Figure 1. LMTV M1078 A1.
Figure 1. LMTV M1078 A1.
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The current LMTV platform uses a seven-speed automatic transmission (AT). An AT is convenient to use but it has relatively higher fuel consumption. A Manual Transmission (MT) is relatively fuel efficient with typically 10% better fuel economy than AT [6,7], but it is not easy to operate. Combining the benefits of both AT and MT, an Automated Manual Transmission (AMT) represents a promising solution since it can be considered as an inexpensive add-on solution for classical MT systems. An AMT is actually a MT with an add-on control unit that automates the clutch and shift operations. An AMT provides the same user interface as an AT, i.e., accelerator and brake pedals but no clutch. A vehicle equipped with AMT can be operated in the same way as a vehicle with AT, but the fuel economy will be highly improved compared with the AT [6,7,8,9,10]. This fuel economy improvement is not from gear meshing efficiency because it is the same for all types of transmissions but due to the gear shift schedule. An AMT is able to shift to a higher gear earlier while the MT has to stick with a mandatory gear schedule. At highway cruise the AMT will be no better than the MT. It may be slightly worse if parasitic losses are present to operate a hydraulic pump continuously [6,8].
The mild hybrids provide limited functions, such as engine stop/start and regenerative braking energy capture. The “mild” means that the vehicle uses a relatively small motor for torque assist of the engine. Belt-Alternator-Starter (BAS) system [11,12] or Belt-Integrated-Starter-Generator (B-ISG) [13] and Flywheel-Alternator-Starter (FAS) [14], Crankshaft-Integrated-Starter-Generator (C-ISG) [15], or Integrated-Motor-Assist (IMA) systems [16,17] are currently available mild hybrid powertrains. The B-ISG system replaces the standard alternator with an electric motor/generator that is connected to the ICE via a belt or chain. The system enables early fuel cut-off during deceleration and shut off of the engine during idle. It operates in two modes: (1) motoring—provides cranking torque to restart the engine when the brake pedal is released and to assist vehicle acceleration; (2) generating—charges the battery when the engine is running. The battery provides electric power to run vehicle accessories and passenger comfort systems while the engine is off. Regenerative braking capabilities are also included to further enhance fuel economy. The B-ISG system strikes a compromise between fuel efficiency and price. It is designed to fit in the same space as a typical engine and work with conventional transmissions to minimize integration effort and cost. Figure 2 illustrates a typical B-ISG system layout.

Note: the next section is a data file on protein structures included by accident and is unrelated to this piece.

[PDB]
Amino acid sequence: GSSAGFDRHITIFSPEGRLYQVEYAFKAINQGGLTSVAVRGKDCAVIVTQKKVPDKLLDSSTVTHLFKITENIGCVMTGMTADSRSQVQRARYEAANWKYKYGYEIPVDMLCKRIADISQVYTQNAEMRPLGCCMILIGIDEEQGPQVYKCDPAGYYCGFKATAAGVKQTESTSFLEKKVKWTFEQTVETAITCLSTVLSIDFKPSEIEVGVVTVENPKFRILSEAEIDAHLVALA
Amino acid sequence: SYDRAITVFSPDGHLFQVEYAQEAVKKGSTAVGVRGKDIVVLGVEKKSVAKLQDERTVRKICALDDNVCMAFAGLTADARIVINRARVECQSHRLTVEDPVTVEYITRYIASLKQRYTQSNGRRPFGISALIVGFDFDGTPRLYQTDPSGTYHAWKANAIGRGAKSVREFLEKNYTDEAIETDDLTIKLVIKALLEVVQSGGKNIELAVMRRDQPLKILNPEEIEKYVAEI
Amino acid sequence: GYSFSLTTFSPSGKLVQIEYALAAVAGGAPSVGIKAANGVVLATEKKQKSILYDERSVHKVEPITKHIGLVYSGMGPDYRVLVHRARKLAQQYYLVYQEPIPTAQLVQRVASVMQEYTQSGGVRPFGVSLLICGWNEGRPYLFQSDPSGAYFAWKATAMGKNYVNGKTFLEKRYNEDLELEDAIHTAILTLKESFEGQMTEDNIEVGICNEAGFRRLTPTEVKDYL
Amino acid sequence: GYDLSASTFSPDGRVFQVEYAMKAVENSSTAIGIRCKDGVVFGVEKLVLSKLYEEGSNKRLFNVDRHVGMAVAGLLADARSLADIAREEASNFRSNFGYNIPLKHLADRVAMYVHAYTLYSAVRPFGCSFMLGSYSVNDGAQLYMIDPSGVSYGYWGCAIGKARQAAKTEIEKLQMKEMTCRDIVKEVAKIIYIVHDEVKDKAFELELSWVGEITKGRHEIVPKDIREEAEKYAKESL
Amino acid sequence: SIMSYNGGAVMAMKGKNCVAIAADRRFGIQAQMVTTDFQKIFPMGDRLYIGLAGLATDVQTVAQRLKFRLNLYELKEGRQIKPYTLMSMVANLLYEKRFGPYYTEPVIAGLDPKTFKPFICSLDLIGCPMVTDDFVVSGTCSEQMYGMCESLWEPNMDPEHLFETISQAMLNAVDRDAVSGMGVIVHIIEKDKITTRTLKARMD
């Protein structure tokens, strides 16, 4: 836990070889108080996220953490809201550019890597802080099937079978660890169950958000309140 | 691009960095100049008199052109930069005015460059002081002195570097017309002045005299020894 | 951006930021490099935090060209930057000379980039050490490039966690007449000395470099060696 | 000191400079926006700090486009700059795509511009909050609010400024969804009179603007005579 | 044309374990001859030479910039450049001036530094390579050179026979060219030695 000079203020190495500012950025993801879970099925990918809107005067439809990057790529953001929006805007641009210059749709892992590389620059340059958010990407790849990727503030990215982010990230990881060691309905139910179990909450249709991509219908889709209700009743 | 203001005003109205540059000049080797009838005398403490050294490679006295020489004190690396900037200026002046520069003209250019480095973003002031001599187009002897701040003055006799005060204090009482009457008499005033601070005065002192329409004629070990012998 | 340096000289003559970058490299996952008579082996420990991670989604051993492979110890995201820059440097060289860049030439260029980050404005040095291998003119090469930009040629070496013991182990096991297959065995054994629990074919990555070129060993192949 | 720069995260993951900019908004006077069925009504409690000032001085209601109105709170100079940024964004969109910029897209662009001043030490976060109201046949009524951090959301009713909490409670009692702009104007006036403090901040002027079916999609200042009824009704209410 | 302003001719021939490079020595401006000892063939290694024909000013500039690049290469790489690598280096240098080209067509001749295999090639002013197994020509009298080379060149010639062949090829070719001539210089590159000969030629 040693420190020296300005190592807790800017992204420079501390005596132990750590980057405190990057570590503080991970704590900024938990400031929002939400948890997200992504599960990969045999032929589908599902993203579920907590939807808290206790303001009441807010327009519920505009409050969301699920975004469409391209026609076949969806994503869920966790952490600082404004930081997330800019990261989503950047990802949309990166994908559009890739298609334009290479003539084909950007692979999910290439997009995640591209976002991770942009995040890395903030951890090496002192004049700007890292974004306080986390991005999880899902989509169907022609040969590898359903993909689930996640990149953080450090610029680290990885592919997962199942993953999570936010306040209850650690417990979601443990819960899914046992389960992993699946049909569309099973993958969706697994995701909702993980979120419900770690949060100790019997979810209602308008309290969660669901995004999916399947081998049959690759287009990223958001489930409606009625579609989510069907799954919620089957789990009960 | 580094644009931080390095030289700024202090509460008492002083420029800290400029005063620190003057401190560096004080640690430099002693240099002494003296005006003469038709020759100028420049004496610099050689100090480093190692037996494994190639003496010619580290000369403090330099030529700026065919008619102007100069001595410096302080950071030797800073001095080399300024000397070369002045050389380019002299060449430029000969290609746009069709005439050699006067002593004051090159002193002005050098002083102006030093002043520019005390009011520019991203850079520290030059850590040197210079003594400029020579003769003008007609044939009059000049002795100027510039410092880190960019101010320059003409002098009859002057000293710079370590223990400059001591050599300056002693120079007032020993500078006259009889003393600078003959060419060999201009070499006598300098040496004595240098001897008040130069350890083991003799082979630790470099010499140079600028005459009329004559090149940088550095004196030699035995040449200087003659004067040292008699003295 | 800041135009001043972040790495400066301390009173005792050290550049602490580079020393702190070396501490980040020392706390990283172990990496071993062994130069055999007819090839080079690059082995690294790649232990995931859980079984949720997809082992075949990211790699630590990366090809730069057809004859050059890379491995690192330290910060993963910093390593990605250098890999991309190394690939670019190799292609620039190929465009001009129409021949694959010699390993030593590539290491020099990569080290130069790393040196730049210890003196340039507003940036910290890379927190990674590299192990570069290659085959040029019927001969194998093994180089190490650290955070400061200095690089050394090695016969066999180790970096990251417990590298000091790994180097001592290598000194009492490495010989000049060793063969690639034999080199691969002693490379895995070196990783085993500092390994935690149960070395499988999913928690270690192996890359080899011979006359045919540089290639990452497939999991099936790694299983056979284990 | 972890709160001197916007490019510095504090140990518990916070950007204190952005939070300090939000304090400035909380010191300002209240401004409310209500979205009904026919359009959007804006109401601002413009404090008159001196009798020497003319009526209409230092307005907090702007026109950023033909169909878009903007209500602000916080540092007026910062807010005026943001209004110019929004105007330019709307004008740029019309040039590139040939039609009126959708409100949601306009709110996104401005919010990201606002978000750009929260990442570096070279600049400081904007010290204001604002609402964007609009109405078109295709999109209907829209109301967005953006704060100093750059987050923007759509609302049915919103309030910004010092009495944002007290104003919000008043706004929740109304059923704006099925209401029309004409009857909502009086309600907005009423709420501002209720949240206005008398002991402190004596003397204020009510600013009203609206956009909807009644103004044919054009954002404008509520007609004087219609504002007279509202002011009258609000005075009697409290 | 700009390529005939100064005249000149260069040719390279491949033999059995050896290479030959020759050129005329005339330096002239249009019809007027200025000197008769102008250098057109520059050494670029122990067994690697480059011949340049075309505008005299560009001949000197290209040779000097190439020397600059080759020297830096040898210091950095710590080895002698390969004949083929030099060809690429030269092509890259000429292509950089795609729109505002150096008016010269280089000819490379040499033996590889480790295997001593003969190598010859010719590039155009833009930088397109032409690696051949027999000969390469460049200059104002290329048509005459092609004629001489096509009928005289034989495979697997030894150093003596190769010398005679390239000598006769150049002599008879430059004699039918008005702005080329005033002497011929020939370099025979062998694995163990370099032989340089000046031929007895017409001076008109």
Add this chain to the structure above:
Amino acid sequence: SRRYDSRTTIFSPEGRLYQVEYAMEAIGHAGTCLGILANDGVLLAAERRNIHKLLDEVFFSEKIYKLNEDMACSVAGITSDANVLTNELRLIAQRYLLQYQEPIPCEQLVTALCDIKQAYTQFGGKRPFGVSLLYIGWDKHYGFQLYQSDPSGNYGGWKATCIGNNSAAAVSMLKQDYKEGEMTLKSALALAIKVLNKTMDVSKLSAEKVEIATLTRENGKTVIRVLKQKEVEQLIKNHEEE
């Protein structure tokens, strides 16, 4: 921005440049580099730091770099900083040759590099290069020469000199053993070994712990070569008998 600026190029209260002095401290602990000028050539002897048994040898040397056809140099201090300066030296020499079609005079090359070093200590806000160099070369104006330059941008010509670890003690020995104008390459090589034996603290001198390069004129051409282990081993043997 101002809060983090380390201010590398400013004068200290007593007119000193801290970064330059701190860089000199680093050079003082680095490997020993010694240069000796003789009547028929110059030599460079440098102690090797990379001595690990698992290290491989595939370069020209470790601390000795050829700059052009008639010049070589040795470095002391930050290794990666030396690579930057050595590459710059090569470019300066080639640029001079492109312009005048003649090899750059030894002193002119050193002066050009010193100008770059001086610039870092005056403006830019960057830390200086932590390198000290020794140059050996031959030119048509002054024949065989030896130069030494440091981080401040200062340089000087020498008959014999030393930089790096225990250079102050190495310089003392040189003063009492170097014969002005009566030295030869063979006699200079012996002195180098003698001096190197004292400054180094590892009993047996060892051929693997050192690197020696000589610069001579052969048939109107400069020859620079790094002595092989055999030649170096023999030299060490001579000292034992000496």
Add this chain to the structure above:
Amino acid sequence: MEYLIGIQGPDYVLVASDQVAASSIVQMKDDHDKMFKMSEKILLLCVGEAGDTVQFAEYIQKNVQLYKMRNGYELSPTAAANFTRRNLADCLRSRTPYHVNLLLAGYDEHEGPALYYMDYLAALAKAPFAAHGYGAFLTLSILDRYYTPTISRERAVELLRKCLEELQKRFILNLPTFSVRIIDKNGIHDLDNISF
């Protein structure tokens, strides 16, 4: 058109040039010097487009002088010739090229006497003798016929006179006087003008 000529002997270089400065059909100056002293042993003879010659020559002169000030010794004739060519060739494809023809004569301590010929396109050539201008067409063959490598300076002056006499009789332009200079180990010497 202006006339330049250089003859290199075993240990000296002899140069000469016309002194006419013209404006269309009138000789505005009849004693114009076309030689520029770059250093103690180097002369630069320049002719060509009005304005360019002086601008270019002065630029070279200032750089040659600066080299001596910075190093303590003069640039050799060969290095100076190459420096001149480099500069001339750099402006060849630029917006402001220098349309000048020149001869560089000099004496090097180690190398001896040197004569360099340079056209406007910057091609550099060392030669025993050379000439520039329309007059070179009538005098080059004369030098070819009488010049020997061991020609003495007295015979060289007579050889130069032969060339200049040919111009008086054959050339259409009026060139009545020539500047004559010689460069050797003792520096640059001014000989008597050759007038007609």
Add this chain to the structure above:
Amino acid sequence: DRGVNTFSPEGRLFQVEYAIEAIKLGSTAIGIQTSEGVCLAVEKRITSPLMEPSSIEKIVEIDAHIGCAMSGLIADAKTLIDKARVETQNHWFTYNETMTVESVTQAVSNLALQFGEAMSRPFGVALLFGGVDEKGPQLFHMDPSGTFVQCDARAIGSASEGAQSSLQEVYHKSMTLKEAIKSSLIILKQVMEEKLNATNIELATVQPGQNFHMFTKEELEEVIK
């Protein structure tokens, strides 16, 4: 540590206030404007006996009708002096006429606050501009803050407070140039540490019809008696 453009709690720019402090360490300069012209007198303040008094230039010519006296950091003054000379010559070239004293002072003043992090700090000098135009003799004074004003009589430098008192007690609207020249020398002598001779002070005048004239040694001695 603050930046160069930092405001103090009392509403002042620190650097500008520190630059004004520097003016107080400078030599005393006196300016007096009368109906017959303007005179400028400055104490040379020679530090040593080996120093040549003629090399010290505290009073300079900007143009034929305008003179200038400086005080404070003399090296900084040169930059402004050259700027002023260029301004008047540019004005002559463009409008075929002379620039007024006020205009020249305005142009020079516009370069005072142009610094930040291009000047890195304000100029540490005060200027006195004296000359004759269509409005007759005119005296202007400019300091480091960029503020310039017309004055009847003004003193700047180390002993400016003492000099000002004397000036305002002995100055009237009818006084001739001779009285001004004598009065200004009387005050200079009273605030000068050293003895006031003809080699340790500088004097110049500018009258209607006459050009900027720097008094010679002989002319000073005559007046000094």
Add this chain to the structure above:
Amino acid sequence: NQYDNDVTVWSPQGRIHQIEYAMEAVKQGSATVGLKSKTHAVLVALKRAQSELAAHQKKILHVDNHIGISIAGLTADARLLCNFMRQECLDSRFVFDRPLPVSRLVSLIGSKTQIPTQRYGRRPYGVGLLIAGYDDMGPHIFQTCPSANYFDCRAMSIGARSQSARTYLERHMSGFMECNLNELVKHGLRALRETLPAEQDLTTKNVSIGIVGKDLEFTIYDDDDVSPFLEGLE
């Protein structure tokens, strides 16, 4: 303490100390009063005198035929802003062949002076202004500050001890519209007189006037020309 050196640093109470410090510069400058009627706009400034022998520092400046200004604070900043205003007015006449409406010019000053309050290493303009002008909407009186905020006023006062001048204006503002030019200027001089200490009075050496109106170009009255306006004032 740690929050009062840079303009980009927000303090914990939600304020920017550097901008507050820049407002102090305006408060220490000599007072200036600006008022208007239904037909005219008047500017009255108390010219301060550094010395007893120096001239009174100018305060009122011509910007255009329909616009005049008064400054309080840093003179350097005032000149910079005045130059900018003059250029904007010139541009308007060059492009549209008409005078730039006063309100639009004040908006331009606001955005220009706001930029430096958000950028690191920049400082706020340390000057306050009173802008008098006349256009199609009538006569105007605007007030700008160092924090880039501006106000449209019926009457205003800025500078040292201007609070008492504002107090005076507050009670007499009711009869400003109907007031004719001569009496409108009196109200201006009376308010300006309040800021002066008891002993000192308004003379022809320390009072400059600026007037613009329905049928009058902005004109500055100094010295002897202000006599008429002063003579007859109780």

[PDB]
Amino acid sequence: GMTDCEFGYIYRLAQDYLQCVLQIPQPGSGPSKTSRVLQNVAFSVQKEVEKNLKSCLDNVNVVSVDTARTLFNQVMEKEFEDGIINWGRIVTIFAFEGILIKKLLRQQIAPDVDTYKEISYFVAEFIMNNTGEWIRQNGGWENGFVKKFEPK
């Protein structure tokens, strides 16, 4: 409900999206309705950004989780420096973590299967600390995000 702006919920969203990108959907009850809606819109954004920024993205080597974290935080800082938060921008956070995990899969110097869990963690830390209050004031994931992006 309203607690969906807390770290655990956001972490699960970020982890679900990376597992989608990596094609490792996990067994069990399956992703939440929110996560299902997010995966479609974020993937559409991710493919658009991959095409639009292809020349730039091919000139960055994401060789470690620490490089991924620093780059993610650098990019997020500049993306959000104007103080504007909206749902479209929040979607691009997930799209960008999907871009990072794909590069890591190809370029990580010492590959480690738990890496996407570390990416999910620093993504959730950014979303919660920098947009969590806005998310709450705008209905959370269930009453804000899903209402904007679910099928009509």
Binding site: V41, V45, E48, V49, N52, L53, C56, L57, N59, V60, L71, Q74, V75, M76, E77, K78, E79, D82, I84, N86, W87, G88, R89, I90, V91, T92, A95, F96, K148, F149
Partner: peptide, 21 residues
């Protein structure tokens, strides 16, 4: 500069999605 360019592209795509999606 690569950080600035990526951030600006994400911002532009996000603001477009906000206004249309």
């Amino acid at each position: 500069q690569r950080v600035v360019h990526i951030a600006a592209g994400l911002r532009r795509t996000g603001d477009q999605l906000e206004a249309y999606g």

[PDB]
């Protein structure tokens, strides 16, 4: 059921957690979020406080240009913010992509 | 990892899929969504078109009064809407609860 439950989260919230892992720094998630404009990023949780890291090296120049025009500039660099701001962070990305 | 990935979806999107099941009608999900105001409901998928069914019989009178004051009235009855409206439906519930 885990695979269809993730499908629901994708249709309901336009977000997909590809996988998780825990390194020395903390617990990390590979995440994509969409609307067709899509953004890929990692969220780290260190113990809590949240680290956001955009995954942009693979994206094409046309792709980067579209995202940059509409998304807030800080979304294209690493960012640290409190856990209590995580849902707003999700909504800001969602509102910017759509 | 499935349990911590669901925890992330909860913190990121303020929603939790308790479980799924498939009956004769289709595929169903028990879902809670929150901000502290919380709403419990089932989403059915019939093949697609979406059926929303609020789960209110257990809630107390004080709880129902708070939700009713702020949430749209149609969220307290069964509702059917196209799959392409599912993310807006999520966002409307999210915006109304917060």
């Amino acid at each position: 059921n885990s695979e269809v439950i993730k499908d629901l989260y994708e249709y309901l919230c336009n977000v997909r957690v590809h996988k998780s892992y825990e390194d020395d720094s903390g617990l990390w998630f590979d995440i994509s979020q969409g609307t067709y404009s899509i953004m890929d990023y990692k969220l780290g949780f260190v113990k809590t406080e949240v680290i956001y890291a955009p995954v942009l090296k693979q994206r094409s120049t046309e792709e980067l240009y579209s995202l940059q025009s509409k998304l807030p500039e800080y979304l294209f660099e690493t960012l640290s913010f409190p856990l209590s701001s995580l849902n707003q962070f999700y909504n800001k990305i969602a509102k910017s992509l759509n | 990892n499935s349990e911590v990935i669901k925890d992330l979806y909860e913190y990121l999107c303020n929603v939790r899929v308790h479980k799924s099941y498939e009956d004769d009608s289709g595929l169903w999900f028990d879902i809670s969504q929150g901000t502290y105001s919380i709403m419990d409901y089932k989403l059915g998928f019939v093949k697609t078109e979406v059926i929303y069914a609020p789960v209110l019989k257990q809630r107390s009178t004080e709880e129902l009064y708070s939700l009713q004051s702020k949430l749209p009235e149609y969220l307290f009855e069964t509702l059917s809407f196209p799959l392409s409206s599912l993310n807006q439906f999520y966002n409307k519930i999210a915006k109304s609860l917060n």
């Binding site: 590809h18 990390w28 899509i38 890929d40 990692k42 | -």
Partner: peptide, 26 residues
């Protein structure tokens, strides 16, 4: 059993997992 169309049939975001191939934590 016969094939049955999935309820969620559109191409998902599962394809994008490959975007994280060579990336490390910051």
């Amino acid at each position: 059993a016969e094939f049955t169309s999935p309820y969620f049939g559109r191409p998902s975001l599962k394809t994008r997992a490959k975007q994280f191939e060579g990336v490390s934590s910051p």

Figure 2. Layout of a typical B-ISG system [12].
Figure 2. Layout of a typical B-ISG system [12].
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The focus of this study is the feasibility analysis and evaluation of AMT and mild hybridization powertrain that have potential to improve the fuel economy of the truck. The two AMTs evaluated in the study were 10-speed and 12-speed. The powertrain hybridization included a stop/start system followed by a B-ISG mild hybrid system. A combination of on-road experimental vehicle data and analytical vehicle modeling and simulation were used in the study. Considerations such as packaging, durability or manufacturing were outside the scope of this study. This paper presents the results of (1) establishment of a validated, high fidelity baseline analytical vehicle model, (2) modeling and simulation of two AMTs and their control strategy, (3) optimization of transmissions shift schedules, and (4) modeling and simulation of engine idle stop/start and B-ISG systems to improve the fuel economy. This paper gives a detail description of experiment, simulation, and correlation results partially based on Van Benschoten and Nelson [18].